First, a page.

6 Authors That Gave Me My Macabre Sense Of Humor and Helped Me Grow Up.

Number One: Terry Pratchett

There are many things for which I must thank, most sincerely, Sir. Terry Pratchett, now sadly deceased. The two things mentioned in this blog heading of course, but much much more. His novels are mostly centered on an imaginary place called Discworld, a flat earth carried on the back of elephants standing on a turtle slowly traveling through space. He uses footnotes which contain humorous off roads and side stories, his satirical fantasy world is brimming with puns, literary and folkloric allusions, historical references, and influences from classic fantasy, and best of all he has imaginative and brilliantly important theories and themes that invite you deep within.

His novel "Thud," is centered around the deep mistrust and hatred of two races, Dwarves and Trolls, an imminent war, and a history that is recognizable but handled with sharp wit, literary care, and tangible hope. "Small Gods," tells of a farcical religion's upheaval from the inside out by a sincere believer in a god that is only powerful as long as people have faith in him.  I mention him in this list because I read his books at a crucial time, when I was questioning a lot of things that I had been taught and many things that I was beginning to believe to be true. He came in a recognizable form; in folklore, with wit, and through the written word. I will always love his books. RIP Sir. Terry Pratchett.

Number Two: Isak Dinesen 

True Gothic Literature, at least in my opinion, is best from the past, Mary Shelly, Wilkie Collins, John Bellairs, Edgar Allen Poe, Fyoder Dostoyevsky to name a few. "Seven Gothic Tales," by Isak Dinesen are metaphorical, romantic, and emotive, and lifted a typical teenager's angst out of her foolish self and into the height of fine literature. Reading her short stories spun with dexterous hands, my head was filled with much richer, and far more beautiful, and more real ideas of passion than what I was experiencing wandering the yellow lit halls of my high school, peering into the library to see if He was there, murmuring habitual conversation to my fellow 'undevelopeds', and then wandering out into the field to sit under the trees and puzzle through the harsh wrongness of all my daily actions. I am happy to say I am much more well adjusted. Well. More anyways.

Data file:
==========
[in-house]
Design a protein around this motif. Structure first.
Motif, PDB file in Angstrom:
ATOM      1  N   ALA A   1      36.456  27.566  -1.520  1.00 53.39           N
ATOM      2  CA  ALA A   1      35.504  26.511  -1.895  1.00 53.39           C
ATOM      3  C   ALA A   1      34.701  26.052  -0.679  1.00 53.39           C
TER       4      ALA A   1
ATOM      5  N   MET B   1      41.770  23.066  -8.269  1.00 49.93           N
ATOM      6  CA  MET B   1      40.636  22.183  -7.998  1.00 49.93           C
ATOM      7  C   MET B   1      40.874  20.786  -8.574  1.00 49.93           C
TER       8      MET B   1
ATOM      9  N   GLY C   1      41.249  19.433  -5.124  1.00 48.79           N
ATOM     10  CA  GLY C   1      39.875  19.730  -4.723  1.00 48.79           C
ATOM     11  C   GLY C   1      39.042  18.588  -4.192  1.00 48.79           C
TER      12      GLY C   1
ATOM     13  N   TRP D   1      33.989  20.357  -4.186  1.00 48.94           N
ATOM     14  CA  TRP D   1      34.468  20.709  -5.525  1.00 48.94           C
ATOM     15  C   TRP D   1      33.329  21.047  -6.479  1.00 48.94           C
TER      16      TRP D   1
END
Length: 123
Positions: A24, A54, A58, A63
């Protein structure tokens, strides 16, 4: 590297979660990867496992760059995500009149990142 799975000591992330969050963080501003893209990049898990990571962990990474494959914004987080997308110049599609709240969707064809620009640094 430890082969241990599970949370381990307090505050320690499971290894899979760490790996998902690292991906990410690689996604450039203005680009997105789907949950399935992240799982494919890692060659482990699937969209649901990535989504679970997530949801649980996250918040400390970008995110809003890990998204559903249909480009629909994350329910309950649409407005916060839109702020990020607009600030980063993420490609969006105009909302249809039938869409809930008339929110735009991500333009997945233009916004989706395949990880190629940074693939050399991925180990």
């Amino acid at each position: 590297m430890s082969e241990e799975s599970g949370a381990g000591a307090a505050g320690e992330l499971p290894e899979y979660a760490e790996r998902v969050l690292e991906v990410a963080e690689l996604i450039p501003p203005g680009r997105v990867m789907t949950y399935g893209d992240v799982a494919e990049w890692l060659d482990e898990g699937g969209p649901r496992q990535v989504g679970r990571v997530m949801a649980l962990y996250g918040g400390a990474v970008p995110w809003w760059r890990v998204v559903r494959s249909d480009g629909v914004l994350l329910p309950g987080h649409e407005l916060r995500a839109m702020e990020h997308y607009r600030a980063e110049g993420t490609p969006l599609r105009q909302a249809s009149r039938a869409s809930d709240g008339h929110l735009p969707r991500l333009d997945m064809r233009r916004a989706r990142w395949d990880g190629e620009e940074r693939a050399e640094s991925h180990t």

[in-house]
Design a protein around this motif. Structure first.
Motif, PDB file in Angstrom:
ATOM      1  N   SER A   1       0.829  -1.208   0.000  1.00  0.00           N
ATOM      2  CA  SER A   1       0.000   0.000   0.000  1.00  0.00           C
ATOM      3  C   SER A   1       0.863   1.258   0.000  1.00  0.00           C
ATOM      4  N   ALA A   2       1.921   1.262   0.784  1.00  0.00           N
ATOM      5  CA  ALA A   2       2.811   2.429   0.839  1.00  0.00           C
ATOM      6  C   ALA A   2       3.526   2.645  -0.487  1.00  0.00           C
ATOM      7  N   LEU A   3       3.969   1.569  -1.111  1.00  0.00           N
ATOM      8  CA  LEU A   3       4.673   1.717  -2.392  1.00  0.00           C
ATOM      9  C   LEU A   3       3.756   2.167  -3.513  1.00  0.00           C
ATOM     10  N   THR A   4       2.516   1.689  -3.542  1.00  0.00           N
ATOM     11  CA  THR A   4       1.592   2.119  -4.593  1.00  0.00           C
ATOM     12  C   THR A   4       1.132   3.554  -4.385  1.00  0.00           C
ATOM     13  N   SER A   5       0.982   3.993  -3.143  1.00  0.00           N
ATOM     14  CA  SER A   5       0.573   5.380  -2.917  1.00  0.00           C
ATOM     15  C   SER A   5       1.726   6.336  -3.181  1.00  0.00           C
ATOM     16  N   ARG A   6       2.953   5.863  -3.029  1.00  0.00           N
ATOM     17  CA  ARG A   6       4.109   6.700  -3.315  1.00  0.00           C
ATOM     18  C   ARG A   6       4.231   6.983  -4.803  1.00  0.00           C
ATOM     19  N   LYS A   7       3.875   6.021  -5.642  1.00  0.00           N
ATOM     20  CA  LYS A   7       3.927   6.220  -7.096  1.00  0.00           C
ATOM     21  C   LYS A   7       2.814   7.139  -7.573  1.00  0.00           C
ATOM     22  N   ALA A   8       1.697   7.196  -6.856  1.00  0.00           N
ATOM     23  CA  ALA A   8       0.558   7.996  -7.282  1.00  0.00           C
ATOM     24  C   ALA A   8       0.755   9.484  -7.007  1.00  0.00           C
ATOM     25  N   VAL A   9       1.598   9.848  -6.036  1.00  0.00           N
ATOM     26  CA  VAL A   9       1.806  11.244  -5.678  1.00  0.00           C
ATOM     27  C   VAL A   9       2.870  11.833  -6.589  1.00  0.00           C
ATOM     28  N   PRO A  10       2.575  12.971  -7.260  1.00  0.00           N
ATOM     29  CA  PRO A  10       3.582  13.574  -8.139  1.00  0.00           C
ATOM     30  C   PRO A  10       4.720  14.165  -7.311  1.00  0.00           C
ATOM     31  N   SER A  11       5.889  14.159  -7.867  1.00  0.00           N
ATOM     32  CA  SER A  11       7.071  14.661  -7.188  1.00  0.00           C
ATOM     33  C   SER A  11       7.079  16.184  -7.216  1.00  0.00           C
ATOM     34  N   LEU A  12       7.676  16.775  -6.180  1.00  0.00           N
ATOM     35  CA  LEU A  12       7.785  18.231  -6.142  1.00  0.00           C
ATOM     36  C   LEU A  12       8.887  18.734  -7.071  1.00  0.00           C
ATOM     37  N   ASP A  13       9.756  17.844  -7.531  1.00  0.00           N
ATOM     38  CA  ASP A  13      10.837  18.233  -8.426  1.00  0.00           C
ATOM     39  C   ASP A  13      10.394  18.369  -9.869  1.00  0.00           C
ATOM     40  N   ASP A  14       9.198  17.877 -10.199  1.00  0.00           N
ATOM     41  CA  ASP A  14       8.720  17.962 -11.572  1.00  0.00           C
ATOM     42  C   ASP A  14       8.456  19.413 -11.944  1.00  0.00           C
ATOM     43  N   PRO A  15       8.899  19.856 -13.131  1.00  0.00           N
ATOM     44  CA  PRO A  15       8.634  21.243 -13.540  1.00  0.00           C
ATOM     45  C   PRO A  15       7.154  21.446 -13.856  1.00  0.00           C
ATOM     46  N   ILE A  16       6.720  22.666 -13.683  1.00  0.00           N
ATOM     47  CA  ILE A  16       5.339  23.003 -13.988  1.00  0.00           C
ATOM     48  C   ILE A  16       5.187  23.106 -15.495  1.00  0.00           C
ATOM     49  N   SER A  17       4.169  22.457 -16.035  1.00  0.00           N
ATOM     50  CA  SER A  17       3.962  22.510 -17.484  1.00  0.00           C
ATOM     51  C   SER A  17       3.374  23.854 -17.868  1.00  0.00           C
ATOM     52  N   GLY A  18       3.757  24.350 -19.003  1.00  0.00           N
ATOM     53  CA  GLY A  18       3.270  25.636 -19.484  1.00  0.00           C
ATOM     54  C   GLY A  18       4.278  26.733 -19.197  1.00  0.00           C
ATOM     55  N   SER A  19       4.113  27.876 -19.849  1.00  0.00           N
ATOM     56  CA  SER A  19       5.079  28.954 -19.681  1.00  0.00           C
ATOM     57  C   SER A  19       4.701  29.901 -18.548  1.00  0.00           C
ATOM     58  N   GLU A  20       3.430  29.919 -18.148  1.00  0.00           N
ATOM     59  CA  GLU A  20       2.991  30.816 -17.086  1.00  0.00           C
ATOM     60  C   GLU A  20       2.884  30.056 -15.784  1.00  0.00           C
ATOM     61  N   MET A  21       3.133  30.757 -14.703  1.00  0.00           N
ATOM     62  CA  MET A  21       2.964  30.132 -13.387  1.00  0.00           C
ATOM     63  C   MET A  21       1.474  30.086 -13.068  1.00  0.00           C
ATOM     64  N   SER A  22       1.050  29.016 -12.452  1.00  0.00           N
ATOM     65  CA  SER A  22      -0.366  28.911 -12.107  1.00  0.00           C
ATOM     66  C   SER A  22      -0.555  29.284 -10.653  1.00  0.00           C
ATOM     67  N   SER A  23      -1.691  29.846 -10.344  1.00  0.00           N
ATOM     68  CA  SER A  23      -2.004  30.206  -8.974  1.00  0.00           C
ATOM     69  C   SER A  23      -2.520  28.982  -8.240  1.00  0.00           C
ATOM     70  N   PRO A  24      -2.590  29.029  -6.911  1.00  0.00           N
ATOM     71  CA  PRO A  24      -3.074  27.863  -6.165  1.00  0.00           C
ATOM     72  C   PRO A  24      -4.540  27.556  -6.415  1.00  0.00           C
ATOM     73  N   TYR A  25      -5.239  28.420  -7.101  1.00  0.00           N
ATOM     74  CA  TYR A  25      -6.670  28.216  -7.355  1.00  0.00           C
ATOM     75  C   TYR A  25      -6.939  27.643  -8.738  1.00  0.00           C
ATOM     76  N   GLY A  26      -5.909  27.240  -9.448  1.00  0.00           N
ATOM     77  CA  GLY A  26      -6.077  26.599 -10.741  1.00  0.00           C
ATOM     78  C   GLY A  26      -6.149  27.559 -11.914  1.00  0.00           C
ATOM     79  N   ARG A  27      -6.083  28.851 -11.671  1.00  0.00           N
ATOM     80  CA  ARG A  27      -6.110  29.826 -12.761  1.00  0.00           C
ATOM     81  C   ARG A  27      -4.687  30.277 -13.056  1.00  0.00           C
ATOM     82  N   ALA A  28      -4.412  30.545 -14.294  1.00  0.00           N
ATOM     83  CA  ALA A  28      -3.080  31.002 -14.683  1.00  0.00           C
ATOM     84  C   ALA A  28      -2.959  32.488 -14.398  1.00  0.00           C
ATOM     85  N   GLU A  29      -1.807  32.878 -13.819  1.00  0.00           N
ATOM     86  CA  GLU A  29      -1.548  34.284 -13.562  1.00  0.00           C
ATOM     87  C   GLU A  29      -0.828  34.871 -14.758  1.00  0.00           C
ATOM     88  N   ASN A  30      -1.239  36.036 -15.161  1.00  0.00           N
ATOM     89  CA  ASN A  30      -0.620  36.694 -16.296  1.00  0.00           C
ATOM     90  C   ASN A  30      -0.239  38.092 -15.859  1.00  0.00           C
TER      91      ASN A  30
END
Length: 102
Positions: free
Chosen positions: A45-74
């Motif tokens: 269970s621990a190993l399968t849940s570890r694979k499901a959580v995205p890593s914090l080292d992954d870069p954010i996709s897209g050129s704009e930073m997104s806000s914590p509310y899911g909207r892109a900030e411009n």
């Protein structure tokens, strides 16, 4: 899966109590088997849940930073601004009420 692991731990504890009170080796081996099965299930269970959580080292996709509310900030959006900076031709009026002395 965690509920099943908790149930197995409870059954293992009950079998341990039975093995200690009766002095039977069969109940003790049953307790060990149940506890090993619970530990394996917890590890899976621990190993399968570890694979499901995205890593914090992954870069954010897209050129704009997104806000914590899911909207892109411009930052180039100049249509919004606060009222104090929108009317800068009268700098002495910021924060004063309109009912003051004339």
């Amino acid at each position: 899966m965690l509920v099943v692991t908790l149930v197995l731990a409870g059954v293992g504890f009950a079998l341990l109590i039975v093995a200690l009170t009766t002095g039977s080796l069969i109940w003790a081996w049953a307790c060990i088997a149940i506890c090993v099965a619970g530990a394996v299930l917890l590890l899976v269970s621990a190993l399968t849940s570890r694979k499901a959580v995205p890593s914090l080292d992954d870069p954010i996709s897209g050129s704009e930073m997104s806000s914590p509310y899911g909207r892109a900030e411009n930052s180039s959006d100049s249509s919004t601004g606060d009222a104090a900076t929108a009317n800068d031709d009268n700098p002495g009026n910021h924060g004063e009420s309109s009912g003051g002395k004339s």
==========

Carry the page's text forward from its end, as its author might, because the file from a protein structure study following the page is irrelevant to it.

Number Three: Shel Silverstein

Do you remember "Where The Sidewalk Ends", "A Light in the Attic" and "Falling up"? I remember sitting his thick collections across my school-socked knees when I was in elementary school and reading to my mum as we whipped around doing errands in her eleven seater van. He was the author of the famous story "The Giving Tree," which is beautiful and touching. He is also the author of the poem, "Monsters" in which a father solves his little boys worries about the monsters under his bed by getting eaten by them, and "The Googies are Coming," in which you learn that the going rate to buy children to eat is 'fifteen cents for dirty ones' and 'a nickle each for mean ones'. What I loved most about Shel Silverstein is that even tho he wrote for children he didn't write down to them. His poetry was humorous and silly but read as tho he was thinking aloud ridiculous things and writing them down. His style was conversational to me. If you have never read his stuff I highly suggest doing so and reading 'em out loud is even more fun.


Number Four: Lewis Carroll